Dow over 11,200: Stocks climb higher in the early moments of the trading week. Guess the foreclosure hubbub has been minimized.
B of A admits mistakes: The banking giant has discovered errors in 10 to 25 out of the first several hundred foreclosure cases it examined last week. The problems included improper paperwork, lack of signatures and missing files. From the WSJ:
Some of the defects seem relatively minor, according to the bank, and bank officials said they haven't uncovered any evidence of wrongful foreclosures. There was an address missing one of five digits, misspellings of borrowers' names, a transposition of a first and last name and a missing signature on one document "underlying" an affidavit, a bank spokesman said. But the bank uncovered these mistakes while preparing less than 1% of the first foreclosure files that it intends to resubmit to the courts in 23 states.
Feds look into foreclosures: Federal Reserve Chairman Ben Bernanke says the review will focus on whether mortgage companies cut corners. Preliminary results are expected to be released next month. From AP:
"We are looking intensively at the firms' policies, procedures and internal controls related to foreclosures and seeking to determine whether systematic weaknesses are leading to improper foreclosures," Bernanke said. "We take violation of proper procedures very seriously," he added. The central bank's decision adds weight to federal and state investigations into whether banks used flawed documents to foreclosure on homeowners.
226,000 Californians to lose jobless benefits: That's if Congress doesn't extend funding past Nov. 30, according to the National Employment Law Project. (OC Register)
Tribune files bankruptcy plan: It's being supported by JP Morgan Chase and Oaktree Capital, but other creditors seeking a richer payout are expected to file competing plans later this week. (Chicago Tribune)
LAT loses circulation: The paper reported an 8.7 percent decline for the six-month period ended Sept. 30 compared with a year earlier. Most all the big papers saw circulation drops, except for the WSJ. (Bloomberg)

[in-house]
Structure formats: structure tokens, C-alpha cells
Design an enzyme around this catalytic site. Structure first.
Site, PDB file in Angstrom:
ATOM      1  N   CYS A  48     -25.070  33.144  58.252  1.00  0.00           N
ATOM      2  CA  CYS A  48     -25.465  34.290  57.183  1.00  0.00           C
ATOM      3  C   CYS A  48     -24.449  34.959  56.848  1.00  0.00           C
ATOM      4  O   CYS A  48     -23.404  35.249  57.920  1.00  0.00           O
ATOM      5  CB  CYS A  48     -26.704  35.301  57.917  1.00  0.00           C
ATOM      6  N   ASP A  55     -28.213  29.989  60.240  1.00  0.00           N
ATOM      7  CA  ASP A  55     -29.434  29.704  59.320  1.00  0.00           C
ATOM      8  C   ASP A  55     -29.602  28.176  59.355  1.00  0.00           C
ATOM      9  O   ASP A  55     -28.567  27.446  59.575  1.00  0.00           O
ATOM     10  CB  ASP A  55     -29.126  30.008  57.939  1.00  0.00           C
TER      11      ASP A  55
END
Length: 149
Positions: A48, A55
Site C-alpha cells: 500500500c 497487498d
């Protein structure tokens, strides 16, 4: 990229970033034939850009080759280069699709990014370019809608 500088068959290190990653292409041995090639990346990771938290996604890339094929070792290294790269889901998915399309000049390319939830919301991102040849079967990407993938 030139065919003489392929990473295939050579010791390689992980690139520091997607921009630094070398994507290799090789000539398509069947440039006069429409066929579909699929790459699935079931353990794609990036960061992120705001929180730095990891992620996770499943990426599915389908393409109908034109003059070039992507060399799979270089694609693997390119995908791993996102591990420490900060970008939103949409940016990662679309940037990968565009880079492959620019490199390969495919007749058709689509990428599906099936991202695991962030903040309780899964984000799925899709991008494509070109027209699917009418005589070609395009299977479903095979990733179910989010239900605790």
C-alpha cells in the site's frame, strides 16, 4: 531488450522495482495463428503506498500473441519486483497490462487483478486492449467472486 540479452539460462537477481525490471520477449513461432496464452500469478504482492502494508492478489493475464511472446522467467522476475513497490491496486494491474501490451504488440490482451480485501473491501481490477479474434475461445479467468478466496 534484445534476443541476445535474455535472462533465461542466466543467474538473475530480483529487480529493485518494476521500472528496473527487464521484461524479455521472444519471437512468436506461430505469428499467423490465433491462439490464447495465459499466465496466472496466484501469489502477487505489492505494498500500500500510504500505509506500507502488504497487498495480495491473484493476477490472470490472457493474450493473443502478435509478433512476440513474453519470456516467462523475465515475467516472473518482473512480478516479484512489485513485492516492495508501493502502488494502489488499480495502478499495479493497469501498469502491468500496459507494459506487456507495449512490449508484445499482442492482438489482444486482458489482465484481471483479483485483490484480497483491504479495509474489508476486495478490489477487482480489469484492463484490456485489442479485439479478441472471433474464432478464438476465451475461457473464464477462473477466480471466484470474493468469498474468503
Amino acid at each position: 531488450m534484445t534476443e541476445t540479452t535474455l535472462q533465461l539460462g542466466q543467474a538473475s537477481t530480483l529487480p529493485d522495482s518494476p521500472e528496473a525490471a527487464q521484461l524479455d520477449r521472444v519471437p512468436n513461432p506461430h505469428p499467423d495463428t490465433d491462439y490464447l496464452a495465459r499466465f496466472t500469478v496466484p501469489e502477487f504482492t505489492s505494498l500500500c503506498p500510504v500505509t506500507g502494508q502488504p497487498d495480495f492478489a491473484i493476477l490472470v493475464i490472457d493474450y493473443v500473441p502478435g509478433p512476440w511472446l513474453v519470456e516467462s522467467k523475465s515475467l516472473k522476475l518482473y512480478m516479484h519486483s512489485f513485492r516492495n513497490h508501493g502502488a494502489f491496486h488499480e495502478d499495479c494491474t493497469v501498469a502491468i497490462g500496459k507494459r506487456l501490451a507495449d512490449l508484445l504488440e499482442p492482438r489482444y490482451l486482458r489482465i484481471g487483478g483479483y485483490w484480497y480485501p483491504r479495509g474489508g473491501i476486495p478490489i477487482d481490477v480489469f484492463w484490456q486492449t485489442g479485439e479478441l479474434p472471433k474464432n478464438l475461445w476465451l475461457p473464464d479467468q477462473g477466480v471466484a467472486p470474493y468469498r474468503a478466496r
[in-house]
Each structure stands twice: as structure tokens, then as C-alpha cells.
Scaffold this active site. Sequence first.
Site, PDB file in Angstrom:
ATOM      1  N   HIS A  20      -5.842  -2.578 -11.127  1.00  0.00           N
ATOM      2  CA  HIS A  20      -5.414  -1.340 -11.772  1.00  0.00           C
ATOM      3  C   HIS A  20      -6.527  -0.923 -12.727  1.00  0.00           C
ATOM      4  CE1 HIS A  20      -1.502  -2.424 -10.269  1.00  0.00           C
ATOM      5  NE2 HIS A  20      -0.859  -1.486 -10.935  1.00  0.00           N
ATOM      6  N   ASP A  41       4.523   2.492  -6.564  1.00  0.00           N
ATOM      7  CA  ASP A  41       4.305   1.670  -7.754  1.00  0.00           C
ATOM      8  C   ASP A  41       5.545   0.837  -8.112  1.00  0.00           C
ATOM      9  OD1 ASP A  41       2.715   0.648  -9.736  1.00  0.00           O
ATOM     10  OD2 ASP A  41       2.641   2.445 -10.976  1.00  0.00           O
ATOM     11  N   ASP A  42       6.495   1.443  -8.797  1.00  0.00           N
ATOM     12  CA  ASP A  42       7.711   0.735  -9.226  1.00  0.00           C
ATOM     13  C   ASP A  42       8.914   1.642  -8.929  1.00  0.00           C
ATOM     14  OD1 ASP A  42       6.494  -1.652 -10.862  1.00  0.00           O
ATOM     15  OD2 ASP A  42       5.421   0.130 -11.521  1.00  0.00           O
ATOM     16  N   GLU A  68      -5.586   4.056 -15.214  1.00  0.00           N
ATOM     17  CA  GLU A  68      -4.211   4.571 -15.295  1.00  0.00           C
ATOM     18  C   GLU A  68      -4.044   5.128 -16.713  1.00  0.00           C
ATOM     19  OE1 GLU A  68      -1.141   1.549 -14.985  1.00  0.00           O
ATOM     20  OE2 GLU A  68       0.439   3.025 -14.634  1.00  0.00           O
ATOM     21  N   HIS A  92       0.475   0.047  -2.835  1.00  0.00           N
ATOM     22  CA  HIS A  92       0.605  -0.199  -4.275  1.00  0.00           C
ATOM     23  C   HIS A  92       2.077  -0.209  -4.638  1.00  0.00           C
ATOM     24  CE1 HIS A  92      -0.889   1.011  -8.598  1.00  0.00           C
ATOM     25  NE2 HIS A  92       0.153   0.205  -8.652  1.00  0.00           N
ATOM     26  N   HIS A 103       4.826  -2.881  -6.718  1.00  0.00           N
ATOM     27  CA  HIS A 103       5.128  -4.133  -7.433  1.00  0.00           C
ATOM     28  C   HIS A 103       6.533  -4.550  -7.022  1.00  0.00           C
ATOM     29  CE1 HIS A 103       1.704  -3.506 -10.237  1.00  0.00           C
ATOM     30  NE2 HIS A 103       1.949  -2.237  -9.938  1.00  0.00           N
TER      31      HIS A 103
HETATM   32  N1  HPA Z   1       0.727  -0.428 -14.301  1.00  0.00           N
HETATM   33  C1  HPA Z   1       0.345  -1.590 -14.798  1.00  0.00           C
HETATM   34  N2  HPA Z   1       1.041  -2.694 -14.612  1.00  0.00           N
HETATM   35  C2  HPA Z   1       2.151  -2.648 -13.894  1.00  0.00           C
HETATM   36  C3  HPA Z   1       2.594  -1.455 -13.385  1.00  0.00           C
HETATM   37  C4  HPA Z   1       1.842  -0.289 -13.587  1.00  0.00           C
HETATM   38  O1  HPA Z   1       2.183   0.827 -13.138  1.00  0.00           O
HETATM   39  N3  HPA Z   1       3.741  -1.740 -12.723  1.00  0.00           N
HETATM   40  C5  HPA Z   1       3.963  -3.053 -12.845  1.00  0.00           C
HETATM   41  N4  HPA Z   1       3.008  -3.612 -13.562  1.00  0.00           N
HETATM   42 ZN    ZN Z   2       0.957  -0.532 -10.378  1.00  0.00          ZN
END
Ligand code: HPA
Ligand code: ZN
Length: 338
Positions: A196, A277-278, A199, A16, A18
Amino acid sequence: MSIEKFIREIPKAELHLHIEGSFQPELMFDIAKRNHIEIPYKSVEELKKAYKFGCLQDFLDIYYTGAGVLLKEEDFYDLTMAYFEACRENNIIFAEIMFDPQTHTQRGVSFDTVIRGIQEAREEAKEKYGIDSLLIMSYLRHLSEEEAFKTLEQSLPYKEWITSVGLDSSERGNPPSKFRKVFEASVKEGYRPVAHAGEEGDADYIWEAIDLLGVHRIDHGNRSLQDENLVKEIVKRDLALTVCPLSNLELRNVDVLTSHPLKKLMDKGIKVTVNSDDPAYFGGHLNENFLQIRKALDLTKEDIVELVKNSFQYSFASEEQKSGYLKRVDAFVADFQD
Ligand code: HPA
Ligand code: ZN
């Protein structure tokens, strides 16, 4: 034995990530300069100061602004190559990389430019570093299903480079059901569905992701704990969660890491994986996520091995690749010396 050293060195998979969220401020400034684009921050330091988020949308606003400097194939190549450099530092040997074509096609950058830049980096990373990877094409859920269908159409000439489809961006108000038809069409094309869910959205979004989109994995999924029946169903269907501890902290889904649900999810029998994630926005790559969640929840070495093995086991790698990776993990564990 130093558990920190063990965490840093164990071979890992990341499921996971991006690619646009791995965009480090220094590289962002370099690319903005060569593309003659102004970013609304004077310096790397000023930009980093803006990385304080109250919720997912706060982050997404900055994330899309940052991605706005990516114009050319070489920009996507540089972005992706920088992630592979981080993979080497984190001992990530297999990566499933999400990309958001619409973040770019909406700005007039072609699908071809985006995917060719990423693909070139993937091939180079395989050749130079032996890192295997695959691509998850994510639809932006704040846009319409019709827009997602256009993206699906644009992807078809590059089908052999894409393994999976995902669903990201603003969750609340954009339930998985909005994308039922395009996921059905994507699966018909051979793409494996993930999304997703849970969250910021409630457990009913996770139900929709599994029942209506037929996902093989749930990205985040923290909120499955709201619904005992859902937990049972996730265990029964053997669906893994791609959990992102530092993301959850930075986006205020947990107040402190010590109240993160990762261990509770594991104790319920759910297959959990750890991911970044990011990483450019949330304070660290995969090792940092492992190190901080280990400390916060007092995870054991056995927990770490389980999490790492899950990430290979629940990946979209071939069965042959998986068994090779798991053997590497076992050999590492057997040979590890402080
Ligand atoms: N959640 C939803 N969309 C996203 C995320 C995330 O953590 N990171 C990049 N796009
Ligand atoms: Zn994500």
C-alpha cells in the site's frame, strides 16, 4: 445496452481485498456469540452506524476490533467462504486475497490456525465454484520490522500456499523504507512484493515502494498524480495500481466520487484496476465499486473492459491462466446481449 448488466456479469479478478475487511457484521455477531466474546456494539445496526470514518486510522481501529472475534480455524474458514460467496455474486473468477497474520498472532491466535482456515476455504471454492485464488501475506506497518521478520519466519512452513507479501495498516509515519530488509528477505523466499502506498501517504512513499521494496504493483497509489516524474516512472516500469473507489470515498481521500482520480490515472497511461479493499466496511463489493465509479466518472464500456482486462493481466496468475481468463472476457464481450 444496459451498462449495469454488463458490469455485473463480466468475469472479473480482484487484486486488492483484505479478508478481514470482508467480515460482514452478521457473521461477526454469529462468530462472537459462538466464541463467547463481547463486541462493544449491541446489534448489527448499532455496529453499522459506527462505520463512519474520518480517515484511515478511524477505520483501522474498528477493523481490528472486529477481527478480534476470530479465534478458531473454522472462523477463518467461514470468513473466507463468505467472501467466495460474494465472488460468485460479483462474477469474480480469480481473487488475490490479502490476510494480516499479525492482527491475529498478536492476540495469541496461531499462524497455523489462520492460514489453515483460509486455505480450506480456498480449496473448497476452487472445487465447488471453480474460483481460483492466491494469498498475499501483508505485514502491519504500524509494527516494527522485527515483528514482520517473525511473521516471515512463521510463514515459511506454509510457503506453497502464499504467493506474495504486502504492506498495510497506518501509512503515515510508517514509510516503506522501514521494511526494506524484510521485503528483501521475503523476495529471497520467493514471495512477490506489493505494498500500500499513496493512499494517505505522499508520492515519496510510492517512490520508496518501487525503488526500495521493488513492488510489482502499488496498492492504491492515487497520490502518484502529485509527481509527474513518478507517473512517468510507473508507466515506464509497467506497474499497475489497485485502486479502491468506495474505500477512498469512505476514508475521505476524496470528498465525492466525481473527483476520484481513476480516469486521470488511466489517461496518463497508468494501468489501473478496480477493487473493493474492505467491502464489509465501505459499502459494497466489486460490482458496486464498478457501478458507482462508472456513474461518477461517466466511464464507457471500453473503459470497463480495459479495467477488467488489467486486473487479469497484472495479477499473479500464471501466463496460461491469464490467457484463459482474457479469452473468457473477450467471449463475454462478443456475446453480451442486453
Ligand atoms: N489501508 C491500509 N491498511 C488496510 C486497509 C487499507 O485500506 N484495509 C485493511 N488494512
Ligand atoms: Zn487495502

Voters supporting global warming law: Proposition 23, which would suspend new environmental regulations, is trailing 48-32 percent, according to a USC/LAT poll. The poll also found support for Proposition 25, which would eliminate the two-thirds majority needed to approve a budget in the Legislature. (LAT)
New LACMA contract: Michael Govan re-upped for six more years as head of the county art museum. No financial terms were disclosed; Govan received $1.3 million in compensation in 2008-9. (LAT)
Kerkorian agrees to 100K in child support per month: The L.A. billionaire also agreed to $10 million in back child support for the daughter of his former wife, Lisa Bonder. From Time:
The tidy sum will put a stop to a lawsuit Bonder Kerkorian had brought against her former husband, for more child support. Her father will continue to pay, according the Associated Press, until "Kira turns 19 or until she graduates from high school, no longer is a full-time student or no longer is living with her mother full-time. After that, the settlement says, the child support will be reduced to $50,000 a month." The child support is intended to cover all Kira's needs except, of course, medical expenses not covered by insurance, of which Kerkorian will pay half.
Ground-breaking for Mojave solar thermal plant: The nearly $2-billion project is the first of its kind to be built on federal land. It will have 346,000 mirrors, each about the size of a billboard. Not everyone is thrilled. From the LAT:
Environmentalists fought the project for years, concerned about its effect on the habitat of a rare tortoise. Others see the developer, Oakland-based BrightSource Energy Inc., as just another "Big Solar" corporation chasing down profits on the public dime. "It's the old centralized robber-baron monopoly model," said Sheila Bowers, an activist with the advocacy group Solar Done Right. "This is the worst way to go about getting clean energy -- it's slow, it's remote, it's devastating to the environment, and taxpayers are footing most of the bill."